In recognition of Ichiro Suzuki’s remarkable career, which includes his 4,000th career hit on Wednesday for the New York Yankees, here is a story I wrote for The Rafu Shimpo (Los Angeles’ English-Japanese newspaper) in the spring of 1999. At the time, Ichiro was a guest player for the Seattle Mariners.
As it appeared in The Rafu Shimpo…
Headline: Ichiro yearning for chance to play in major leagues
Secondary headline: The Orix BlueWave star, considered the top all-around player in Japan, could someday be the first non-pitcher to make it in the U.S.
By ED M. ODEVEN
PEORIA, Ariz. — The big question isn’t if Ichiro Suzuki has what it takes to be a major league ballplayer. The big question is when the Japanese superstar will get the opportunity to do so.
After Suzuki’s short spring training stay in Arizona, the consensus among those at the Seattle Mariners training complex was unanimous: Suzuki can be a successful major leaguer.
Unfortunately, for Suzuki, who simply prefers to be called Ichiro, that’s easier said than done, because the talented 25-year-old outfielder has three years remaining on his contract with the Orix BlueWave.
And there is uncertainty surrounding his future, especially over whether the Pacific League team will allow Suzuki to pursue his dream of playing in the United States once his current contract expires.
Suzuki appeared in two games for the Mariners while in Arizona. Last Thursday, the speedy Japanese all-star batted leadoff and was Seattle’s starting right fielder in an 11-4 exhibition victory over the San Diego Padres.
In his North American debut, Suzuki went 1 for 4 with a single, a run scored and a stolen base. He scored the Mariners’ first run in the first inning after reaching first base on an error and stealing second base.
Although he had pregame jitters, Suzuki settled down and relished his experience.
“Before the game, the other players told me just to enjoy myself. I did,” said Suzuki, whose .350 batting average is the highest all-time in Japan.
“I had been looking forward for so long to playing here, to play alongside Ken Griffey, that I was prepared for it, and it was exciting as I had expected it to be.”
Suzuki’s second outing was cut short due to an upset stomach Saturday. He left the game after the second inning and was replaced in the Seattle lineup by veteran Butch Huskey.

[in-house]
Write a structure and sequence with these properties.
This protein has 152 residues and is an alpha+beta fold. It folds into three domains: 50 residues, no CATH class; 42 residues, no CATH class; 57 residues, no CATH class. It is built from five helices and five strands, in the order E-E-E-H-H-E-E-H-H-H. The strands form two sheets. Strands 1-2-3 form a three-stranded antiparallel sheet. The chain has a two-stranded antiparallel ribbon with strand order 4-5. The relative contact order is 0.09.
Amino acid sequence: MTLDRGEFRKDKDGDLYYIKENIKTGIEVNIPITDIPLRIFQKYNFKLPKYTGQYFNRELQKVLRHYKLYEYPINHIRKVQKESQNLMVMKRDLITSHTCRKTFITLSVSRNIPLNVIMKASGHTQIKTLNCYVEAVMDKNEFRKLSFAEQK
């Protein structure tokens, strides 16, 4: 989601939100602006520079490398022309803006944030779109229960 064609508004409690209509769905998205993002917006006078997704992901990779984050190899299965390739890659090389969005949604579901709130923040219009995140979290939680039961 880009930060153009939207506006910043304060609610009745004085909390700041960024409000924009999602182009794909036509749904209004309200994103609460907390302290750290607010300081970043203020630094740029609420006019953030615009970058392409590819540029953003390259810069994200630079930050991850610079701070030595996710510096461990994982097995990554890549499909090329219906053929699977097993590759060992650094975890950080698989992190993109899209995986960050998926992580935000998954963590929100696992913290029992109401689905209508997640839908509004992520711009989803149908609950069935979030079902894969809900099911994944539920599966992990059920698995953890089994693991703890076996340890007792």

Suzuki struck out on a called third strike in the first inning and flied out to short left field in the second. He felt too ill to play in Sunday’s game.
“Of course I’m disappointed that I couldn’t play (more),” he told about 50 members of the Japanese media in a crowded room for a mid-game press conference.
“In two games I couldn’t show everything.”
Yet even with limited playing time for the Mariners, Suzuki discovered there are areas of his game that can use improvement.
“I found things that I need to do to be a better baseball player,” he said, adding that major league players possess a quality lacking with the typical Japanese player.
“(Here), every player in every game and every practice is hyper and really energized. That’s impressive. I need to show more energy.”
He may have only had limited opportunities to showcase his skills, but Suzuki certainly made a good first impression with the folks in the Seattle organization.
“He’s impressed us. He’s got excellent baseball skills,” Mariners manager Lou Piniella said. “He’s a good hitter, an excellent hitter, actually. He’s a very adroit outfielder. He’s got a good throwing arm (and) good fielding mechanics. He can run and steal a base. So he’s got all the tools.”
Superstar Ken Griffey Jr. agreed.
“He can play. He’s got all the tools,” said Griffey, who has slugged 56 home runs in back-to-back seasons. “He has a great arm. He can run. He can hit. He can throw. He’s got it all.”
And how. Suzuki, considered the finest all-around player in Japan, has won five consecutive batting titles in just five full seasons in the Pacific League.
He became the first Japanese to get 200 hits in a 130-game season (210 in 1994).
Asked whether Suzuki has the ability to play in the major leagues, Piniella and Griffey concurred that Suzuki can do it, mentioning the only setback he’d have would be getting used to America.
“The biggest adjustment he’s going to have is staying in the U.S.,” Griffey said.
Said Piniella: “He could do very well here on the major league level. He puts the ball in play. He’s a good hitter. He plays the outfield well and he can run.
“But yeah, it takes the Puerto Rican kids time to adjust here. (And) it takes the Venezuelan kids time to adjust here. So, I’m sure that he would adjust.”
Once Suzuki gets adjusted, “I think he can be a productive player in the first or second spot in the lineup used more as a speed player, hitting and running, bunting once in a while, getting on base like (a Quentin McCracken) type of player,” said Piniella, referring to the Tampa Bay Devil Ray outfielder.
The three-time MVP said he enjoyed training with the Mariners and playing in two games with Griffey who he “likes so much.”
Still, he is obligated to play for the BlueWave for three more seasons.
In the meantime, Suzuki patiently longs for the day when he’ll be able to pursue his dream of playing in the major leagues.
In three years, he said he wants to play for any major league team. But the Mariners are “one of my top teams.”
Chuck Armstrong, president and chief operating officer of the Mariners, said his club’s good relationship with Orix hinders any future negotiations to lure Suzuki to Seattle.
“We have a friendly working agreement,” Armstrong explained. “And just as I wouldn’t want them to come and take one of our players, we are not planning to take one of their star players.
“If something should work, obviously, it would be some kind of mutual cooperation thing. (But right now), that’s not what we have in mind.”